Despite looking and acting like a state, policymakers view the PMF as separate from the Iraqi state. In many meetings on the issue, they have argued that the lack of centralized command structure and accountability to the formal government means the PMF is outside the state. The standard definition of a non-state actor is “any armed group, distinct from and not operating under the control of, the state or states in which it carries out military operations, and which has political, religious, and/or military objectives.” Since the PMF is distinct from the control of the prime minister’s office, it has been viewed as a non-state actor. Moreover, security sector reform programs often do not include the PMF because of its distance from accountable centralized command. American policymakers who advocate for cutting out the cancer view the PMF to some extent as separate from the state, like ISIL. However, in security, politics and economics, the PMF is very much an Iraqi state actor, even if it does not adhere to the Westphalian idealized command structure.

The PMF Competes in Iraqi State Politics

PMF groups play the same politics as other parties in the Iraqi state. They competed in the 2018 elections under the Fateh coalition and came second, behind Muqtada al-Sadr’s Sairoon Alliance — which, itself, also had brigades and fighters linked to the PMF.

After the election, PMF groups got together with all major political parties to divide up the ministries. Since 2016, a technocratic drive in Iraq has meant that most parties no longer directly send their representatives to become ministers, but instead they select weak independent ministers who they can coopt. As such, in Prime Minister Mustafa al-Kadhimi’s new cabinet, the PMF pursued the same strategy. Its main groups within Fateh included the Badr Organization; Asaib Ahl al-Haq, which called its political wing al-Sadiqoon; the Sanad Alliance, which consisted of a number of smaller PMF parties; and a loose coalition linked to Shibl al-Zaidi and others who works closely with Ketaeb Hizballah. Each group managed to secure at least one ministry. This does not mean these ministers are directly linked to the PMF, but rather that each minister had to agree to certain terms and conditions.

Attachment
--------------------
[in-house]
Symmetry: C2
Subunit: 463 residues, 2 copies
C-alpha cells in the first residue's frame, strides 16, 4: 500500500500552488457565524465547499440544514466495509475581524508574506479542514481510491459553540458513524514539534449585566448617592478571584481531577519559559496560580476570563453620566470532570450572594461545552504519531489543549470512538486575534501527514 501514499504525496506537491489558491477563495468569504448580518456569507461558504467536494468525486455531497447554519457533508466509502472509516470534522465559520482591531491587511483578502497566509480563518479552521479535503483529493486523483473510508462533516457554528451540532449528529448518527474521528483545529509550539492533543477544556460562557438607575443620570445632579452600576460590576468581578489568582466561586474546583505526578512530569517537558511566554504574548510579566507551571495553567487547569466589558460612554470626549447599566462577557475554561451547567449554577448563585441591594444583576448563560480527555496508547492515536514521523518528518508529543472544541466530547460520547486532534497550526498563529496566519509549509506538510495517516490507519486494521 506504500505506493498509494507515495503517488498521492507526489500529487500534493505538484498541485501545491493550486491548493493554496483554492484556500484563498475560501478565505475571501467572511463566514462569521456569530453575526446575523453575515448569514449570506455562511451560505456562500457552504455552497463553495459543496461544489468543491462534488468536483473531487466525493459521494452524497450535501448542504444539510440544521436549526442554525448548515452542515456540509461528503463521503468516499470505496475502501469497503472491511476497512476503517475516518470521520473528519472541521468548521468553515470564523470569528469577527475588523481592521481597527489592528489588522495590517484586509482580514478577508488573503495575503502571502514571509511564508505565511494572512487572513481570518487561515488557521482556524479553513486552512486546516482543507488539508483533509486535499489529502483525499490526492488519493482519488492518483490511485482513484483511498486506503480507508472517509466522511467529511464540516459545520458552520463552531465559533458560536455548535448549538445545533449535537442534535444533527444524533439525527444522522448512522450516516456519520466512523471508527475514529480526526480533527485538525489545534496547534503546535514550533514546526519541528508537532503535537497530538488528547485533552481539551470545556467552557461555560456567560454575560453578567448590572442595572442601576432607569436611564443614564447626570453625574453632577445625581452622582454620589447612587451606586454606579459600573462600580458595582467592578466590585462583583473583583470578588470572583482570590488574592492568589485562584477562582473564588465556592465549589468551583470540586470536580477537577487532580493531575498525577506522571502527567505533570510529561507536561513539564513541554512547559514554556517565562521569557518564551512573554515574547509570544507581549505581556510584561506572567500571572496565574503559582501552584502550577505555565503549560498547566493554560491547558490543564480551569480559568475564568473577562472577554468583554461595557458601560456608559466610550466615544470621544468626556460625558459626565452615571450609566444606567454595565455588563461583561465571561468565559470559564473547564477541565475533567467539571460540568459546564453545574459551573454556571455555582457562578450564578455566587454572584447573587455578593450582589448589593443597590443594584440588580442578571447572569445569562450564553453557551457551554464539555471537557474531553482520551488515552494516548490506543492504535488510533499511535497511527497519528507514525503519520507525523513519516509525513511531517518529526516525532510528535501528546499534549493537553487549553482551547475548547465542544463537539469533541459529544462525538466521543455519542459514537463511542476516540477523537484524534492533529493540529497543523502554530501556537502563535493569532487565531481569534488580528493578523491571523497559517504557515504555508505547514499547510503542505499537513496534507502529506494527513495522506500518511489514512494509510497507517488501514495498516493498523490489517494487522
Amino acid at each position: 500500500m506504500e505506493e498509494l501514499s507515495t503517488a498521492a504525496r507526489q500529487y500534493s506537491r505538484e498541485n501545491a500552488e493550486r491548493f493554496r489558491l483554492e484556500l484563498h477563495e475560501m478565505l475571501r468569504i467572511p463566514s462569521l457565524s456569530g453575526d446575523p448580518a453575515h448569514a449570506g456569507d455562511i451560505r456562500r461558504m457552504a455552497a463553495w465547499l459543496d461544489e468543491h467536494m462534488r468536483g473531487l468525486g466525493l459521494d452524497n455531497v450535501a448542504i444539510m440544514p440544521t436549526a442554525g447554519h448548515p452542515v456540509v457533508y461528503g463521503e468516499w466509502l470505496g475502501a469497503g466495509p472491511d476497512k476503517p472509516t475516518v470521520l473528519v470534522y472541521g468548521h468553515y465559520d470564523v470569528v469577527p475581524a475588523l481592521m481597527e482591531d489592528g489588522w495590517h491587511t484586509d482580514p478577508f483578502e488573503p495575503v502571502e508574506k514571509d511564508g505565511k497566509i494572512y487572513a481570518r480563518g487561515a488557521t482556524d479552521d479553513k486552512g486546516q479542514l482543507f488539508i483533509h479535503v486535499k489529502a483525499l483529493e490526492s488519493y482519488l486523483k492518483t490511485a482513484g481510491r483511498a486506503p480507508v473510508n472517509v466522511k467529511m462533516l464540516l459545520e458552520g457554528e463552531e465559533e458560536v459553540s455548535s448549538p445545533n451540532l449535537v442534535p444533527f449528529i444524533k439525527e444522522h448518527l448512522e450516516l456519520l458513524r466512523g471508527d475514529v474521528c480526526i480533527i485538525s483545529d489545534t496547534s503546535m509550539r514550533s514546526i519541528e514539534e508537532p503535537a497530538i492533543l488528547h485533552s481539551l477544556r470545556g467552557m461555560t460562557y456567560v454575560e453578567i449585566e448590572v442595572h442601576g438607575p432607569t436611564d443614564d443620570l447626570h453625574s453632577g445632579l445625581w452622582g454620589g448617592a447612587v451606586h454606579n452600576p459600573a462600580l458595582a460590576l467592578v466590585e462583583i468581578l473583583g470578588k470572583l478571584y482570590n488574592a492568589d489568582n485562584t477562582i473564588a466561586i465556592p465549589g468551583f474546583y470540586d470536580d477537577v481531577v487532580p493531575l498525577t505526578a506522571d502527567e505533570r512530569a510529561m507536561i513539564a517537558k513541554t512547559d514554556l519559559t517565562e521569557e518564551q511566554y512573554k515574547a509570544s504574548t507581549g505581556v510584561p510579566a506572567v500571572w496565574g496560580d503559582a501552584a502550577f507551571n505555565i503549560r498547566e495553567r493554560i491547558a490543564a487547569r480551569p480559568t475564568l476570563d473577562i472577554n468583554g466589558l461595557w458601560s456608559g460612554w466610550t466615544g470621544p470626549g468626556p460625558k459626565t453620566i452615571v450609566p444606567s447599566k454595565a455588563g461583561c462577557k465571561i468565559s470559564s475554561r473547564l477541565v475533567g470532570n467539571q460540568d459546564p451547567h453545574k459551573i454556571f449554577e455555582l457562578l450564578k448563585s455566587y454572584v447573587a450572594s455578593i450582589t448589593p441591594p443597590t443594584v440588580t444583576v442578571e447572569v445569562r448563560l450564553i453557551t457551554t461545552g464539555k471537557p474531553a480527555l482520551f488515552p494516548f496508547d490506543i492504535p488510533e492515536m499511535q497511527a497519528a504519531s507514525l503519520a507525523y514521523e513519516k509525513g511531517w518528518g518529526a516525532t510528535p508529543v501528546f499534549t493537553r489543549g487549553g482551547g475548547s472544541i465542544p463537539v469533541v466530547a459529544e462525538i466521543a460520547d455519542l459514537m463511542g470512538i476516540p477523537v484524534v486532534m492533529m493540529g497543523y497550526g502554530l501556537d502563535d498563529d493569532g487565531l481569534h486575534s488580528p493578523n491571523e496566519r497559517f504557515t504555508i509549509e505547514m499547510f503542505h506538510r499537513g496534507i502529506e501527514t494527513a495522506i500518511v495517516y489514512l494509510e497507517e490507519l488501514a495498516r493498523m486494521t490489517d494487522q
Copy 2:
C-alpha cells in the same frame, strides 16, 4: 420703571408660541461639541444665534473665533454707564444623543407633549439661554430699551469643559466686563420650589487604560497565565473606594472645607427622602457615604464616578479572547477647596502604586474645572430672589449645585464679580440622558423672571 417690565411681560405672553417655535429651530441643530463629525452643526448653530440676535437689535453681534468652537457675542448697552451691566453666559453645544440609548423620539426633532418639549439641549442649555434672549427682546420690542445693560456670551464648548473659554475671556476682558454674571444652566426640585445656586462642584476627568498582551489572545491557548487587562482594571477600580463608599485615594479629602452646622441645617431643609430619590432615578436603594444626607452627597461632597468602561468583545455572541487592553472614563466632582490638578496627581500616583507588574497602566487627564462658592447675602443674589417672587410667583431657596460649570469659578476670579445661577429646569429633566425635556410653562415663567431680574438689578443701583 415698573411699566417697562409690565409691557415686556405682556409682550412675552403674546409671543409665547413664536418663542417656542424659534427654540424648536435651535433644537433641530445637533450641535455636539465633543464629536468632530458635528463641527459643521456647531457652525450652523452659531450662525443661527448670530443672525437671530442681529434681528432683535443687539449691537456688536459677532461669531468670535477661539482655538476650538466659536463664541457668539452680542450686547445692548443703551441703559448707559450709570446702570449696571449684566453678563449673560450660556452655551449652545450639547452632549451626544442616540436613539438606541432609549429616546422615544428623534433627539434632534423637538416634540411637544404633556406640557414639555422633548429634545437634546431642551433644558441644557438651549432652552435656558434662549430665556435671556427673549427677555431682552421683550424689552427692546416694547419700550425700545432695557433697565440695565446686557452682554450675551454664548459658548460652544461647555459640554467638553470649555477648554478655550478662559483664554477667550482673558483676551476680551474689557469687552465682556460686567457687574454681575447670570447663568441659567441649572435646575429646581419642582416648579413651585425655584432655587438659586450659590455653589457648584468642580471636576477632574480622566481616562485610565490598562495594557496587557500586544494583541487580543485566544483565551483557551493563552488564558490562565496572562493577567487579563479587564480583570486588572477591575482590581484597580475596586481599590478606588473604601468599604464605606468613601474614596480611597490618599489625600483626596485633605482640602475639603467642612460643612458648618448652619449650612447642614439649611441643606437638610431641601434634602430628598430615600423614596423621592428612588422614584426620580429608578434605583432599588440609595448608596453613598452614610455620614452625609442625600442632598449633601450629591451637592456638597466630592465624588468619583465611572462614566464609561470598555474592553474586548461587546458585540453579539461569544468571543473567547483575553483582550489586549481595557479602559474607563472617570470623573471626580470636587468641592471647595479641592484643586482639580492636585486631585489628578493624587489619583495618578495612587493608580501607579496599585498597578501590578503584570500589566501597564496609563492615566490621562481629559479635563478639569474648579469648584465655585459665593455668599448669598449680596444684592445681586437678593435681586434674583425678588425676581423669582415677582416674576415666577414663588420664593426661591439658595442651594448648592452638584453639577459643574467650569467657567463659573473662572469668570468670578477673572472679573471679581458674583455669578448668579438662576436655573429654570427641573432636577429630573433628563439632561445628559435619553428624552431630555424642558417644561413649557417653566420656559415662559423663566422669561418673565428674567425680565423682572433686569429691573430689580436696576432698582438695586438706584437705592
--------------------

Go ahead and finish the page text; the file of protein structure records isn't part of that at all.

Critically, this practice is not distinct to the PMF. It is the nature of Iraqi politics today. Most political parties do not send their own representatives to serve as ministers but agree to so-called independent technocratic ministers, who remain weak. The political parties then send officials into senior civil service positions, such as the director general or deputy minister positions, known as the special grades. These proxies then enforce the political party’s interests when it comes to government contracts and all major decisions, often overstepping their own independent minister. The PMF, again, does the same thing and has now secured its share of special grades across the government agencies in Iraq.

Looking into the political activity — and not at formal versus informal legal structures — reveals that the PMF may look different from typical Westphalian norms, but it is not distinct to all major actors competing within the state in Iraq. What makes one a “state” actor, another a “hybrid” actor, and another a “non-state” actor if they all practice the same politics?